Anadarko Petroleum Corp. shares fell to a 10-month low and its bonds tumbled after a court ruling that may result in a $14 billion payout, prompting calls for settlement to prevent a prolonged drag on the oil company.
A judge yesterday held the The Woodlands, Texas-based company and its Kerr-McGee unit liable for environmental cleanup from a chemical company spun off in 2005. Anadarko said it would appeal the ruling, which would require it to restore polluted sites and compensate 8,100 claimants.
“This court ruling, if it stands, would deal Anadarko a big financial blow,” Fadel Gheit, an analyst with Oppenheimer & Co. in New York, said in an e-mail today. The maximum ruling could wipe out as much as 20 percent of Anadarko’s value, Gheit said.
U.S. Bankruptcy Judge Allan Gropper in Manhattan has yet to decide the amount Anadarko must pay, indicating the penalty may fall between $5 billion and $14 billion. The higher end is 10 times the $1.4 billion the company had said was its worst-case expectation. It’s the largest award ever in bankruptcy for a U.S. government environmental claim, according to a statement from the Justice Department, Environmental Protection Agency and U.S. Attorney’s Office for the Southern District of New York.
Anadarko, the third-largest U.S. independent oil and natural gas producer, fell 6.4 percent to $78.30 at the close in New York, the lowest closing price since Jan. 18. The company’s market value dropped to $39.4 billion.
Anadarko’s $750 million of 6.2 percent bonds due March 2040 dropped 3.8 cents on the dollar to 109.8 cents to yield 5.49 percent in New York, according to Trace, the bond-price reporting system of the Financial Industry Regulatory Authority. That’s the lowest level since closing at 109.5 in December 2011.
Facing a final outcome that may take many years of legal wrangling, the company should agree to a settlement of between $5 billion and $8 billion, Citigroup Inc. said in a note today to clients.
Lack of a faster resolution “would create a substantial overhang on Anadarko’s stock price,” Citigroup said in the note. Analysts from ISI Group Inc. said a settlement is a “likely” result of the ruling.
Investor enthusiasm for Anadarko already has been kept in check for several years by the lawsuit involving Tronox Inc. The chemical company was spun off from Kerr-McGee, which Anadarko later acquired. Burdened by environmental debts, Tronox filed for bankruptcy in 2009 and sued Anadarko and Kerr-McGee the same year. It emerged from bankruptcy in February 2011.
Anadarko Chairman and Chief Executive Officer Al Walker promised to appeal the ruling.
“Given the significant factual evidence supporting our position, we vehemently disagree with the judge’s memorandum of opinion, and we fully expect to pursue every avenue available to us through the appellate process to protect the interests of our stakeholders, once a final judgment including damages has been rendered,” Walker said in a statement yesterday.
To determine the final size of the damages, the judge asked the company to file within 30 days a so-called proof of claim in Tronox’s bankruptcy case. How that claim is handled will help determine whether the company owes $5 billion, $14 billion, or something in between. Gropper also gave the winners in the case 30 days to file a request to have their legal fees reimbursed by Anadarko.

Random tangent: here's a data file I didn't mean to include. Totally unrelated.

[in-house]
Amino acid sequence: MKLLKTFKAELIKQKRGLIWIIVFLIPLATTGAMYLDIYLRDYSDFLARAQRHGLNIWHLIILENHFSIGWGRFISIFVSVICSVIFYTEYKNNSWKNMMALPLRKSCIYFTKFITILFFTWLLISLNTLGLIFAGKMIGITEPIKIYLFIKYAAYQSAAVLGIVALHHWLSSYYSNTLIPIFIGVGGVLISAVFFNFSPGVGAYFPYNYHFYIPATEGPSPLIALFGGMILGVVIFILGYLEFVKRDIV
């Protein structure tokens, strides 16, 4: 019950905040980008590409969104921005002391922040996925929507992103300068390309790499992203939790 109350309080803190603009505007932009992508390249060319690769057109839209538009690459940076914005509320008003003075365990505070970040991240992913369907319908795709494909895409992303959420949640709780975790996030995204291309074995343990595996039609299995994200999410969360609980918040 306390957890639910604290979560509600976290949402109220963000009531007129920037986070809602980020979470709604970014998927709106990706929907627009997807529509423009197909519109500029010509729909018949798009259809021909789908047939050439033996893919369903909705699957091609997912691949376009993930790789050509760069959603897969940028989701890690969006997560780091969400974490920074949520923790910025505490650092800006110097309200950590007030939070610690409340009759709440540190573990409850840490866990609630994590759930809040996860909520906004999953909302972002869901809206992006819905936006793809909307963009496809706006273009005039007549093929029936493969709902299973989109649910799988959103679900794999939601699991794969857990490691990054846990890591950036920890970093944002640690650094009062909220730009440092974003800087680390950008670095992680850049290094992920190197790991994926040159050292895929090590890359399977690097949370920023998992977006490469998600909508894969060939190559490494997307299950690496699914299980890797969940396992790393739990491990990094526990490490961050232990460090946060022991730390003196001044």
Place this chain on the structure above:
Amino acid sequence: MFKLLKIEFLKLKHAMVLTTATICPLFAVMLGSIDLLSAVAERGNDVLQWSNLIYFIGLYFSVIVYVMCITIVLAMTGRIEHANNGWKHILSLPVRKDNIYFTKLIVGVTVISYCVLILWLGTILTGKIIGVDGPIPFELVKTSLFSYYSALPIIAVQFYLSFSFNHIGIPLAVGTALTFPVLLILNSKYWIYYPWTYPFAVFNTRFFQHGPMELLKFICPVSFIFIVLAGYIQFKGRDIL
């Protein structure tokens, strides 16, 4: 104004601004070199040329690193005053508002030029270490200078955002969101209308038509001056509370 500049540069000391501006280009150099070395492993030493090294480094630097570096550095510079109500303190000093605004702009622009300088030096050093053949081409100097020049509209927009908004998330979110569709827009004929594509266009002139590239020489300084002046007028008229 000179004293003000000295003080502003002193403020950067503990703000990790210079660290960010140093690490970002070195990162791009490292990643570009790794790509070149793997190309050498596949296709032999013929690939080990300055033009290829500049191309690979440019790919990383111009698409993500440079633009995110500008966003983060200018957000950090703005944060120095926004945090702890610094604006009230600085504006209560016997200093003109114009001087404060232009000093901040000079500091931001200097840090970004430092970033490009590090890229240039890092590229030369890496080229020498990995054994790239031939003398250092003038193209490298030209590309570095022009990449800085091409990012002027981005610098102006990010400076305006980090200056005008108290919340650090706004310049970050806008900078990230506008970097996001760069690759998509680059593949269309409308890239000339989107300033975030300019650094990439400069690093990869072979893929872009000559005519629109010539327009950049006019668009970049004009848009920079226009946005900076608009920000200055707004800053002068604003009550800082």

The court found that Kerr-McGee fraudulently conveyed assets “to evade its debts, including its liability for environmental clean-up at toxic sites around the country,” according to the government statement today. The U.S. government had sought $25 billion in damages in the case.
During the case, Anadarko contested some of the facts presented by the U.S. and also argued that the company could not be held liable under various legal theories.
For example, the company argued that Gropper did not have authority to issue a final judgment because federal bankruptcy courts have limited power over certain kinds of lawsuits. Gropper disagreed, finding that Anadarko consented to his authority.
While Tronox won’t receive funds from the ruling, since 88 percent of the judgment will go toward pollution and cleanup costs, it may reap hundreds of millions of dollars annually in tax benefits, the Stamford, Connecticut-based company said in a statement. Its shares rose 7.5 percent to $22.76.
For Anadarko, the uncertainty surrounding a final outcome and the amount of the liability resembles the impact of the 2010 Gulf of Mexico oil spill on the value of companies involved, analysts from Tudor Pickering Holt & Co. said in a note to investors today.
Sales of as much as $18 billion of properties, including assets in Brazil and Mozambique, could be used to fund a potential payout, Tudor said.
The company has “substantial liquidity” including cash on hand of more than $7 billion, ISI Group said in a note yesterday.
A strong balance sheet, a good relationship with creditors and demand for any issued shares will allow Anadarko to avoid asset sales at fire sale prices, Eliecer Palacios, CEO of PetroRock Energy LLC, an energy investment and advisory firm, said in a phone interview yesterday.
“Anadarko is a pristine company,” said Palacios, who owns shares in the company. “This is a big dent, nobody wants this, but investors should look beyond Tronox and this chapter. It’s a phenomenal story.”
Analysts at Tudor, Stifel Nicolaus & Co., ISI Group and Global Hunter Securities LLC recommended that investors buy Anadarko stock as the total value of the company’s assets far exceeds its current share price. The stock has 30 buy ratings, six holds and one sell, with a 12-month target price of $107.74, according to the average of 31 analysts’ estimates compiled by Bloomberg.
ConocoPhillips is the largest U.S. independent oil and gas producer by market value, followed by EOG Resources Inc. Independent oil companies don’t own refineries or a chemical business.